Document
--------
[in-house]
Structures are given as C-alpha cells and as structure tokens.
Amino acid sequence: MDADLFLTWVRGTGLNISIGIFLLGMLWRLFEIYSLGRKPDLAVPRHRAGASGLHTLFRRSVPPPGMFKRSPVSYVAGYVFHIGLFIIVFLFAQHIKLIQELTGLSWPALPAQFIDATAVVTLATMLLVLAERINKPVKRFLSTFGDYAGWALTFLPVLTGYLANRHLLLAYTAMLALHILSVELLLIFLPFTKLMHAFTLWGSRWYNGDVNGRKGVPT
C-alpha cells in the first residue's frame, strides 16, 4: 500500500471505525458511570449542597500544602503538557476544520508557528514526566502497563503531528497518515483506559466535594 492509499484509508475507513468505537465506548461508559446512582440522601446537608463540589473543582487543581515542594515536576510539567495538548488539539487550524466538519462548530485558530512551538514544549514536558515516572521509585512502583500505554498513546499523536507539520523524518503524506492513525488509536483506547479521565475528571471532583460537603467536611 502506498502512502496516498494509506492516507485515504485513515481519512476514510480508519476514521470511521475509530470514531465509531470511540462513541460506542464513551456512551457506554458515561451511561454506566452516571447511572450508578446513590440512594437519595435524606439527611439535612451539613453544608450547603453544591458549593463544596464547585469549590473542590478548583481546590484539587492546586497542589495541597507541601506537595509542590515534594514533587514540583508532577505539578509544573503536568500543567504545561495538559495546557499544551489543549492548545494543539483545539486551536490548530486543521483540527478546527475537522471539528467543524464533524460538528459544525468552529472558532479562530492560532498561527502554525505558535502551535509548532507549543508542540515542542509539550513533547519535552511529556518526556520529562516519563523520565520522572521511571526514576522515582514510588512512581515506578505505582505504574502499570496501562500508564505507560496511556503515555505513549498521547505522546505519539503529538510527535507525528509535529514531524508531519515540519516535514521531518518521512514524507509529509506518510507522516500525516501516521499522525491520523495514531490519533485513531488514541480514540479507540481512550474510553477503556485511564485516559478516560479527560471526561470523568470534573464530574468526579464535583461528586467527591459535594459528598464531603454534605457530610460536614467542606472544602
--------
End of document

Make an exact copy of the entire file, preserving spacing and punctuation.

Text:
[in-house]
Structures are given as C-alpha cells and as structure tokens.
Amino acid sequence: MDADLFLTWVRGTGLNISIGIFLLGMLWRLFEIYSLGRKPDLAVPRHRAGASGLHTLFRRSVPPPGMFKRSPVSYVAGYVFHIGLFIIVFLFAQHIKLIQELTGLSWPALPAQFIDATAVVTLATMLLVLAERINKPVKRFLSTFGDYAGWALTFLPVLTGYLANRHLLLAYTAMLALHILSVELLLIFLPFTKLMHAFTLWGSRWYNGDVNGRKGVPT
C-alpha cells in the first residue's frame, strides 16, 4: 500500500471505525458511570449542597500544602503538557476544520508557528514526566502497563503531528497518515483506559466535594 492509499484509508475507513468505537465506548461508559446512582440522601446537608463540589473543582487543581515542594515536576510539567495538548488539539487550524466538519462548530485558530512551538514544549514536558515516572521509585512502583500505554498513546499523536507539520523524518503524506492513525488509536483506547479521565475528571471532583460537603467536611 502506498502512502496516498494509506492516507485515504485513515481519512476514510480508519476514521470511521475509530470514531465509531470511540462513541460506542464513551456512551457506554458515561451511561454506566452516571447511572450508578446513590440512594437519595435524606439527611439535612451539613453544608450547603453544591458549593463544596464547585469549590473542590478548583481546590484539587492546586497542589495541597507541601506537595509542590515534594514533587514540583508532577505539578509544573503536568500543567504545561495538559495546557499544551489543549492548545494543539483545539486551536490548530486543521483540527478546527475537522471539528467543524464533524460538528459544525468552529472558532479562530492560532498561527502554525505558535502551535509548532507549543508542540515542542509539550513533547519535552511529556518526556520529562516519563523520565520522572521511571526514576522515582514510588512512581515506578505505582505504574502499570496501562500508564505507560496511556503515555505513549498521547505522546505519539503529538510527535507525528509535529514531524508531519515540519516535514521531518518521512514524507509529509506518510507522516500525516501516521499522525491520523495514531490519533485513531488514541480514540479507540481512550474510553477503556485511564485516559478516560479527560471526561470523568470534573464530574468526579464535583461528586467527591459535594459528598464531603454534605457530610460536614467542606472544602